-- In this sort of discussion, it is regularly pointed out that there are multiple definitions of "language", that some of them are politicized, and that setting the threshold for deeming "there are two languages" is inevitably an arbitrary decision. I never see the proponents of the politicized definitions acknowledge any of this.

    (The same applies, for example, to Czech and Polish). -- I consider Czech and Polish distinct languages. But not very distinct.
    Cyanista, thanks for getting me to tighten up my lazy manner of expression.

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    Re: All Slavic languages: Mutual intelligibility

    If we had short recorded everyday conversations in all Slavic languages we could see how much we really understand.

    I know I have to concentrate hard to recognize basic words and sentences in normal conversations in most other Slavic languages, but maybe that's just me. I can only understand Croatian and Serbian quite well. And even there I come across words I have no idea what they mean.

    So for me, other Slavic languages don't seem to be all that similar to Slovene. I seriously doubt I could have long and meaningful conversations. Perhaps short talks about everday things.

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    Re: All Slavic languages: Mutual intelligibility

    Quote Originally Posted by skye
    I know I have to concentrate hard to recognize basic words and sentences in normal conversations in most other Slavic languages, but maybe that's just me. I can only understand Croatian and Serbian quite well. And even there I come across words I have no idea what they mean.
    -- But the interesting thing is that if you do concentrate, and the other person cooperates, you'll get something out of it. Unlike if you went to China.

    So for me, other Slavic languages don't seem to be all that similar to Slovene. I seriously doubt I could have long and meaningful conversations. Perhaps short talks about everday things.
    Here's another anecdote. There was an American retiree. Although he was born and raised in America, he grew up speaking Polish at home because his parents were immigrants from Poland. In his retirement, in the 1970s and 1980s, he made several trips through all the Soviet bloc countries plus Yugoslavia on his bicycle. He wrote a book. In all the Slavic countries, he conversed at length with people. He reported that people confided in him about politics and private affairs because he could speak to them in Polish. They confided in him even more if they thought he was a Polish citizen. He got in trouble with customs agents when trying to enter Bulgaria "because I was able to talk to them just well enough to get myself in trouble". (Bulgarian is certainly the most divergent Slavic language.)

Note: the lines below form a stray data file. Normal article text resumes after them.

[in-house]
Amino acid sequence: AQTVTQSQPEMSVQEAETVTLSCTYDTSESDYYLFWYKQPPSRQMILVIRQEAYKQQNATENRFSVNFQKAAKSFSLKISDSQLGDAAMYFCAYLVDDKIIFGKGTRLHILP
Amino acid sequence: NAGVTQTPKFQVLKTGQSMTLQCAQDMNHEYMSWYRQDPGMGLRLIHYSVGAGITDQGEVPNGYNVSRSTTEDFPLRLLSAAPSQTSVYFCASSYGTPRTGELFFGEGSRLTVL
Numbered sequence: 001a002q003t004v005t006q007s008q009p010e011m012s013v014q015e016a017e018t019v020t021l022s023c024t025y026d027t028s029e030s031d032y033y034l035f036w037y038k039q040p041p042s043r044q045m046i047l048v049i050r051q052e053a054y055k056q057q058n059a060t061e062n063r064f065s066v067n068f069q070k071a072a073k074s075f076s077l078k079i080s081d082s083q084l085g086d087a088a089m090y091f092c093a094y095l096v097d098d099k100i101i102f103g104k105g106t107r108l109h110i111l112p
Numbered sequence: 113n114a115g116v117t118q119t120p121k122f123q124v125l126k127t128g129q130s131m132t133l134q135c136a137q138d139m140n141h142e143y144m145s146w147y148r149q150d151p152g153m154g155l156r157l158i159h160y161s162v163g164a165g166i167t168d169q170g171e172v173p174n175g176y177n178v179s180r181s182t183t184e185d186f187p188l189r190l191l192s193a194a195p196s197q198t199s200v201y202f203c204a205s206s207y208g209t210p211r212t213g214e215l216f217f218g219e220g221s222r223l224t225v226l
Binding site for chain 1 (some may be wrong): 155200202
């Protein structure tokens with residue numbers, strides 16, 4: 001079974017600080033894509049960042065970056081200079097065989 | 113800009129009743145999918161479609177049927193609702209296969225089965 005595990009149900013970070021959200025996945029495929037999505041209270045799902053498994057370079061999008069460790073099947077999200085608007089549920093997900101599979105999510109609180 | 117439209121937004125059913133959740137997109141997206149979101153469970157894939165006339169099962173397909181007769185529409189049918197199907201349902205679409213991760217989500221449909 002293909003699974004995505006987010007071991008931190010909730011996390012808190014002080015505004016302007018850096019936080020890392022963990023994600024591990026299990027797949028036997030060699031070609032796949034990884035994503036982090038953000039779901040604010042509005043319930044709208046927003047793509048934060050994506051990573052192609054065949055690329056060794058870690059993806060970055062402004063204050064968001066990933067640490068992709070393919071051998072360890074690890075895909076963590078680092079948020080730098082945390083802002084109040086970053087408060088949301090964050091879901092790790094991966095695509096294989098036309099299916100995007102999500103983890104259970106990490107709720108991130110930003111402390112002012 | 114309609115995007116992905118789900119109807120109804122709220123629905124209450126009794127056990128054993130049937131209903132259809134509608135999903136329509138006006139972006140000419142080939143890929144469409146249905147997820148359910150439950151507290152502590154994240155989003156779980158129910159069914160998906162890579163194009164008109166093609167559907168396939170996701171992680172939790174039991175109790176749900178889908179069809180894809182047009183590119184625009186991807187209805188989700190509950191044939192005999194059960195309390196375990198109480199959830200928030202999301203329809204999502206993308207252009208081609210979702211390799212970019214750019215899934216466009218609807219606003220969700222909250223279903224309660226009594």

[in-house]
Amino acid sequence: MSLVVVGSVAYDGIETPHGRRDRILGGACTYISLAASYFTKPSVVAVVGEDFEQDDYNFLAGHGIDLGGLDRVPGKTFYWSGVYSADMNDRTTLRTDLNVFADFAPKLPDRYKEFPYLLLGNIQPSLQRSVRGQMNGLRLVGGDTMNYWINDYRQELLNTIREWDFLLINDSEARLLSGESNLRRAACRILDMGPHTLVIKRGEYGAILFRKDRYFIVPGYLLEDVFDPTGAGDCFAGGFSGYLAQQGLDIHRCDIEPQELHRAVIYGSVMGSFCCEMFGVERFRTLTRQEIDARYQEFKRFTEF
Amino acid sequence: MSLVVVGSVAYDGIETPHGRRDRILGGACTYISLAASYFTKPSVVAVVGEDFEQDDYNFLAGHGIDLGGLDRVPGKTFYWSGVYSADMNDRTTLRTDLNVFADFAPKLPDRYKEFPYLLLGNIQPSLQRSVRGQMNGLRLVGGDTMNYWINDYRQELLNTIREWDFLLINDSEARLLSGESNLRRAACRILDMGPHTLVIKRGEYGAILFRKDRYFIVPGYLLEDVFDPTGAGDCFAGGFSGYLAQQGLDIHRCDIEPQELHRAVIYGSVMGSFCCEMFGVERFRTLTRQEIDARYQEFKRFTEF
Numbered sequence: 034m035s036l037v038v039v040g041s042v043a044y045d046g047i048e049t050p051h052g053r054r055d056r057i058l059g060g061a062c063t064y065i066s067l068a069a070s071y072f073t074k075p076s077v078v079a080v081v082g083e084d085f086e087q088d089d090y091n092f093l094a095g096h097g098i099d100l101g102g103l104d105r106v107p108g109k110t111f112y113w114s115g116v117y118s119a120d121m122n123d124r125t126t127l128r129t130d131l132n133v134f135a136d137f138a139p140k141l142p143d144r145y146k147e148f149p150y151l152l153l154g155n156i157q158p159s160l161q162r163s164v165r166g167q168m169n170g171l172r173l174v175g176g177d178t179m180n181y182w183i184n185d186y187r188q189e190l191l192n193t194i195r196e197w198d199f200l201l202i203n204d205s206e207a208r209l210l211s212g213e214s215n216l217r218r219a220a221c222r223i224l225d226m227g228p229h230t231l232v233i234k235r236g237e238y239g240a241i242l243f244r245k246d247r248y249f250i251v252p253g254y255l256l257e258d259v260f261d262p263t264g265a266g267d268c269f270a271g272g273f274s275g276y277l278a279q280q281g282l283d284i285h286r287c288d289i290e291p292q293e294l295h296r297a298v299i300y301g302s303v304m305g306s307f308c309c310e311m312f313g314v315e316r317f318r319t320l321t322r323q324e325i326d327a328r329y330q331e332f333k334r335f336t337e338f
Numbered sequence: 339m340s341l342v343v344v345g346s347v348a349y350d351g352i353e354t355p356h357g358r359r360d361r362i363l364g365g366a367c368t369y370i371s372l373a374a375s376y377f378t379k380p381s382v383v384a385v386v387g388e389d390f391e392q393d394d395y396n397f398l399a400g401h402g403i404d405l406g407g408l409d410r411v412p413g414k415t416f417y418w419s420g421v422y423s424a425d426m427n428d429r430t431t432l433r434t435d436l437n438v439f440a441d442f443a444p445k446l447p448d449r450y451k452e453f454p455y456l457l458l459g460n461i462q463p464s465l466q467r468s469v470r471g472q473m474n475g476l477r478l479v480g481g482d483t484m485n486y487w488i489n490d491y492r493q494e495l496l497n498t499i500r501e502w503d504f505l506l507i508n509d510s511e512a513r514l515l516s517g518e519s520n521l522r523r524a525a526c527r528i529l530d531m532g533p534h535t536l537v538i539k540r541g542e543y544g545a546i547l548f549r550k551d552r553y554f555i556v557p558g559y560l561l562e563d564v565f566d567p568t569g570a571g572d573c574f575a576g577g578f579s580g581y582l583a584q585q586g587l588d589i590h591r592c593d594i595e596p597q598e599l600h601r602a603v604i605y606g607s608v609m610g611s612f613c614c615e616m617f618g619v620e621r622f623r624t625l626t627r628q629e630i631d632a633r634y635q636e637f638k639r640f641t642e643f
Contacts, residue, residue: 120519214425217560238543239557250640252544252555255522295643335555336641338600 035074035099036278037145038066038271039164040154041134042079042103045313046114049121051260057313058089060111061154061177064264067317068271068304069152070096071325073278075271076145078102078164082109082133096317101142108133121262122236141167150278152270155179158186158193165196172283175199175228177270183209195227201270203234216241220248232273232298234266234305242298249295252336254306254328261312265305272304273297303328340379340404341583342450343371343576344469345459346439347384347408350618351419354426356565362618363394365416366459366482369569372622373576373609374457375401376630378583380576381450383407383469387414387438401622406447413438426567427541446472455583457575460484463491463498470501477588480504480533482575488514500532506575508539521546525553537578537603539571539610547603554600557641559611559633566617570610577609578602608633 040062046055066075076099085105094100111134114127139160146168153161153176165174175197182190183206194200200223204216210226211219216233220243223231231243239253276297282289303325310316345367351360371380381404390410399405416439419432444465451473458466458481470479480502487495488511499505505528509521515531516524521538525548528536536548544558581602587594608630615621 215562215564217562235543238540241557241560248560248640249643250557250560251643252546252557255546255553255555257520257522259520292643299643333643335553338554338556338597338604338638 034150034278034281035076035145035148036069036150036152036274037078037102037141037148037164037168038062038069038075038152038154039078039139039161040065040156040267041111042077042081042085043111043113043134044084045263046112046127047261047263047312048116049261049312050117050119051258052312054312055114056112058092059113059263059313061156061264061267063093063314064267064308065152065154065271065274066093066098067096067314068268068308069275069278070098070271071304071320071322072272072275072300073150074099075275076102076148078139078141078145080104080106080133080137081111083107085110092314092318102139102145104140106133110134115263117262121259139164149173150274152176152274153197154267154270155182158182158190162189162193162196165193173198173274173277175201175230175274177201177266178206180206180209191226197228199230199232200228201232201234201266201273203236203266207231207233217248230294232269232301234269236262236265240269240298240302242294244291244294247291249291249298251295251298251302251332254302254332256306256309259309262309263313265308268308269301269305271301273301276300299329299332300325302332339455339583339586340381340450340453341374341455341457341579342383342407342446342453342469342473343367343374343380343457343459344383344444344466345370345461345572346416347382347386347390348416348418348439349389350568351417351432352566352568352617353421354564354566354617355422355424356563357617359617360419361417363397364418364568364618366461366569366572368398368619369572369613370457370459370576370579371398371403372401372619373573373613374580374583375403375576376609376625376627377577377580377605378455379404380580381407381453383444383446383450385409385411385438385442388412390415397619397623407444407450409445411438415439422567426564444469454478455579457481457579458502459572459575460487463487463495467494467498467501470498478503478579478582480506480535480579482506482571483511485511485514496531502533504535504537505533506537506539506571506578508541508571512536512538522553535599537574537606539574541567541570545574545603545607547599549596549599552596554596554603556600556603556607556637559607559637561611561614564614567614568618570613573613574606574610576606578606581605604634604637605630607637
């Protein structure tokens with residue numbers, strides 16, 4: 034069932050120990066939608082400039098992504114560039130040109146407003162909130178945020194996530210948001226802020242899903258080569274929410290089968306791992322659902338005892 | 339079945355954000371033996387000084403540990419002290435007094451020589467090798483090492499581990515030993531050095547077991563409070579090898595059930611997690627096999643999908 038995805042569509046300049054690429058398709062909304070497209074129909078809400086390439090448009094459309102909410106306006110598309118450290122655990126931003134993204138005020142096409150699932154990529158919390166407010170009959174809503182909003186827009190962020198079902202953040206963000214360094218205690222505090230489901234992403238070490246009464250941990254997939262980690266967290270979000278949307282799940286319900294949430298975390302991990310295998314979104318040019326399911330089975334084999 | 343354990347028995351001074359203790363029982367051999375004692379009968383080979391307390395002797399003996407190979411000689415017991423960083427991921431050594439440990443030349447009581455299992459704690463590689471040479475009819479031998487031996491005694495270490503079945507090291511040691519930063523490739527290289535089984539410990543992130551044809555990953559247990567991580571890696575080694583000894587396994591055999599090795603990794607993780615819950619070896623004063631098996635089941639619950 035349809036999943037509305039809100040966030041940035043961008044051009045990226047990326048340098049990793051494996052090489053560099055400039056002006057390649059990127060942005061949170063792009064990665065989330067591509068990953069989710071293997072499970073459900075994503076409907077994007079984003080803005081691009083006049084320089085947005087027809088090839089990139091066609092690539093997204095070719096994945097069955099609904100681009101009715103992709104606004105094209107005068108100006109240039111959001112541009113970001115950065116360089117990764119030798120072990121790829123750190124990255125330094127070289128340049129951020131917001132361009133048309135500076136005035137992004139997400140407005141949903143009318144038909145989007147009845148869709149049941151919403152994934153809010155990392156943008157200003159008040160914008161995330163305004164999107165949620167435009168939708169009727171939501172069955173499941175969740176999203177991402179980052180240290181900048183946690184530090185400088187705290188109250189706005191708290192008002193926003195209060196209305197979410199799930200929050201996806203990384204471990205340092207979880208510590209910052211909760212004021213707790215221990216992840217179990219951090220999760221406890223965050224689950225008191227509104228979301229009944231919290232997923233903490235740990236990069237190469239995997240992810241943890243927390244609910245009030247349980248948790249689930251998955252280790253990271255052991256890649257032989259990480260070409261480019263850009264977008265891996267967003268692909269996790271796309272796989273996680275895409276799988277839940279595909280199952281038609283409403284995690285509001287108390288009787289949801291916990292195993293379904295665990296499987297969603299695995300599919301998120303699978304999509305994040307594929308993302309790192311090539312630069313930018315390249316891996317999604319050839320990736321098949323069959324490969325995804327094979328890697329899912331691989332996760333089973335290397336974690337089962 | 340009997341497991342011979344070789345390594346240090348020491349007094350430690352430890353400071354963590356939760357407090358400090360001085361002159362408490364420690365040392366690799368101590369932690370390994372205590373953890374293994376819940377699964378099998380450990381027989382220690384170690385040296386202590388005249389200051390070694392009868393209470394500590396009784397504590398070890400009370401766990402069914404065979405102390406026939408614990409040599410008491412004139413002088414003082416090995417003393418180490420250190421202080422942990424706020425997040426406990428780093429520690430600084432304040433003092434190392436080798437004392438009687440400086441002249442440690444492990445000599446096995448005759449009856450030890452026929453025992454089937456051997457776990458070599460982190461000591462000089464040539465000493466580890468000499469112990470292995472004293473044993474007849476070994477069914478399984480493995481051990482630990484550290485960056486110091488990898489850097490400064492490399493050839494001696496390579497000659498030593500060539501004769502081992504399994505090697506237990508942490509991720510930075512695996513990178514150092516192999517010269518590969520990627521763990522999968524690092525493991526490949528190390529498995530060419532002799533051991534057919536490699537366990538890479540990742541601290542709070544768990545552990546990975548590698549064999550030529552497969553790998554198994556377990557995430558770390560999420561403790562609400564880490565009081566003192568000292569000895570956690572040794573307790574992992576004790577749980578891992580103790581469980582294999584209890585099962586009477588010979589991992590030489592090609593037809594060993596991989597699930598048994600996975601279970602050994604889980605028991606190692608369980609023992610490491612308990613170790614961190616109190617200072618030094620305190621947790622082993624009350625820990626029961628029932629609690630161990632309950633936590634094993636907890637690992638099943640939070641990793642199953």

I will accept that some people's brains are better than other people's brains at understanding strange dialects. I myself cannot understand fellow Americans speaking English when they mumble or when there is a lot of noise. I also seem to have more trouble understanding African-Americans than other white people. African-American virtually all have strong accents. I understand most of them perfectly if they grew up in "the North", but I do not understand the ones from the states of Alabama, Georgia, and Florida. In a technical sense, they do not speak the same language as I do. So I accept that my Czech friend and the Polish-American tourist have a stronger talent that other Slavs.

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    Re: All Slavic languages: Mutual intelligibility

    Quote Originally Posted by DaleC
    (Bulgarian is certainly the most divergent Slavic language.)
    I would just like to add that I partially agree with that statement, cause our vacabulary`s been influenced by many different cultures, having in mind the cross-road situation of the country, especially the many Turkish words that we use.

    Here`s something that i qouted from the Wikipedia
    http://en.wikipedia.org/wiki/Bulgarian_language:

    "Bulgarian demonstrates several linguistic innovations that set it apart from other Slavic languages, such as the elimination of noun declesion, the development of a suffixed definite article (possibly inherited from the Bulgar language), the lack of a verb infinitive, and the retention and further development of the proto-Slavic verb system. There are various verb forms to express nonwitnessed, retold, and doubtful action.